Intergenerational trauma in times of modern day Nakba.

For over a month now I keep reading the news with disbelief and shock.

See, I was born and raised in Poland- a centre of second world war atrocities, Holocaust and mass murder of civilians. Three out of my four grandparents had to leave their home and the city/ village of their origin and could never go back. One of them still remembers the city of Warsaw on fire after the bombing and the scary way out of the bombarded city. One was pushed out of a car heading towards the wood for a mass execution- his live saved by adults who have all been killed. All of my grandparents where children when this happened.

We are all centred in our own stories and perspectives, and so from the Polish point of view it was Polish people who have suffered the most -millions dead and displaced – our capital Warsaw being destroyed in 90 percent. The history I learned treated the loss of Polish Jews as a loss of Polish citizens- they lived in Poland and where a big part of our culture. I named my own son after a poet Julian Tuwim – a Polish Jew.

The words “never again” have been engraved inside my soul since childhood. War is more than a memory when you grow up in Poland- the buildings are often “adorned” with holes from shootings, never repaired, every family you know has stories to tell, the phrase ” before the war” is used almost every day. The past is deeply felt and yet the collective trauma was never acknowledged.

When I moved to Canada one of the things I loved the most about this “new world” was the lack of this collective trauma. The lack of horrible family memories that influence how people act and think. Lack of the ” something bad will happen” feeling in the air.

Apparently it takes up to three generations to rid of the generational trauma- I’m the third one.

And while it may be over for my family soon- as my children hopefully won’t inherit it – it’s starting all over again for thousands of hundreds if not millions of others.

But what is a post war intergenerational trauma you may ask?

The first generation who have first handedly experienced the horrors of war will usually live with a PTSD- sleep problems, outburst of anger, deep generalized anxiety, victimisation of self and difficulty with taking rational decisions that are not influenced by emotions. They want to feel safe but they never do.

The second generation is raised by unstable emotionally parents. They’re often feed with war horror stories told around the dinner table- told in an unemotional factual way. They often struggle with anxieties and survivors guilt. They’ll have an acute reaction to any potential danger and a deep need to “feel safe” like their parents.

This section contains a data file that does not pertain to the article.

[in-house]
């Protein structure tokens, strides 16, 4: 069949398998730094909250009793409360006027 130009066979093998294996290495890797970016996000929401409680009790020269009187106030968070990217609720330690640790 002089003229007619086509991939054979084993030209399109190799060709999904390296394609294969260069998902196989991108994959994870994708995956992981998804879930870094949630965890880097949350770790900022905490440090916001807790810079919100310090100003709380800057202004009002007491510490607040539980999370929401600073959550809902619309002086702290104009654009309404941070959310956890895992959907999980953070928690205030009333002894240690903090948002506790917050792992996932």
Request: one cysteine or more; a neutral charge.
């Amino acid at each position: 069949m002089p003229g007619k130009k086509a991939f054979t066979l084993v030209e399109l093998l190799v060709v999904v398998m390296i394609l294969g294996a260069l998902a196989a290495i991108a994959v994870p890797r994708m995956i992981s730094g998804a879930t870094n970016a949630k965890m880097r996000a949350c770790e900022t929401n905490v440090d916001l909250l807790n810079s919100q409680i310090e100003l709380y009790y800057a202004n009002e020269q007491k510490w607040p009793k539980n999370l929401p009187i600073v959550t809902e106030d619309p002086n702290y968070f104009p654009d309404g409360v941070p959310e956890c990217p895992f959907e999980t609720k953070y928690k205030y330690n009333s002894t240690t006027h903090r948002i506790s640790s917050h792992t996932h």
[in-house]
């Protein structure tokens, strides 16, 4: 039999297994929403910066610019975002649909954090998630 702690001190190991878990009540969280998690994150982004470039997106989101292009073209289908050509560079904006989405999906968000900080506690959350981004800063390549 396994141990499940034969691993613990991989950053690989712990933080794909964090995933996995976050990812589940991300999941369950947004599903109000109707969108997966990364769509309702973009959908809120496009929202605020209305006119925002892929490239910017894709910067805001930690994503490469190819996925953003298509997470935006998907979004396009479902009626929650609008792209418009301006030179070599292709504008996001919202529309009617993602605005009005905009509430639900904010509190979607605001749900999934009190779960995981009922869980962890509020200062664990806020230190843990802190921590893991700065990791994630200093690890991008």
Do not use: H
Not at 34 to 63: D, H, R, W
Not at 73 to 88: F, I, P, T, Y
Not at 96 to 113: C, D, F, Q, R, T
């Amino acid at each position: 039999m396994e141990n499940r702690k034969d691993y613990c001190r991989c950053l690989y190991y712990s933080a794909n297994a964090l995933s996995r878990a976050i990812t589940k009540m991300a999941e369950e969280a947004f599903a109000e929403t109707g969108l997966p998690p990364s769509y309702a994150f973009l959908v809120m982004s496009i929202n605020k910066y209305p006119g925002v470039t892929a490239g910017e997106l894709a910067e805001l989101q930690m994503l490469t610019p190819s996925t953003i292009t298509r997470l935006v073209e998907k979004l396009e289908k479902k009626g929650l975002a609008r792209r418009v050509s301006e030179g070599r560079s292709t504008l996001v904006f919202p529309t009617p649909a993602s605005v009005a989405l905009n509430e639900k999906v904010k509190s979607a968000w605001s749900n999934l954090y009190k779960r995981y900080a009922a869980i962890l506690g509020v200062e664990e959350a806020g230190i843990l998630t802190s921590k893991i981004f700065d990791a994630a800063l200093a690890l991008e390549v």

The third generation, raised by adultes full of anxieties will see the world as mostly dangerous, will learn to always be prepared for the worst case scenario, and most likely will live with anxieties too.

Now, I think it’s interesting to see how each of these generations reacts to wars happening elsewhere.

The first one will react with fear. They might say they’re scared without saying why- finding other reasons to the overwhelming feelings of fear yet not wanting to acknowledge that it’s the conflict that triggered them. Remember, thy have mostly likely never worked through their trauma. Their PTSD symptoms will worsen. The second one might say they feel unsafe even if the conflict is far and does not really involve them. Or they might be re centering the conversation to their own feelings. They might either be overwhelmed or completely cut off their emotions. As a third generation I must say we are at best more involved emotionally then people raised in families without the intergenerational war trauma- and at worst we might repeat the patterns of our parents and grandparents behavior.

Now, I say this all from my psychological perspective, form observation of my own family and many, many other families that have lived with the post war intergenerational trauma- and from reading articles such as this, this and this here.

And my point is that people with this trauma are biased. They re center the narrative about their own fear, they continue saying they need to feel safe- but the truth is they won’t ever feel safe.

And yet you hear them the most in news giving their opinion. They are the ones making decisions. They are the ones who will start a story by – my grandparents are survivors- my family suffered greatly- we are the family of victims of 2WW. My grandmother had to run away from the bombarded Warsaw and my grandfather as a child was almost killed. See, even I am recentering the narrative.

And as they re center the narrative about their own feelings on CNN, as they bend political decisions to their own insecurities on BBC, as they let their anxieties guide their choices while voting against a ceasefire-thousands of people in Palestine are being killed.

When I look at my Polish family and at my Jewish friends, as I read news and social media posts it’s so clear to me that the post war intergenerational trauma is the main guide of their actions: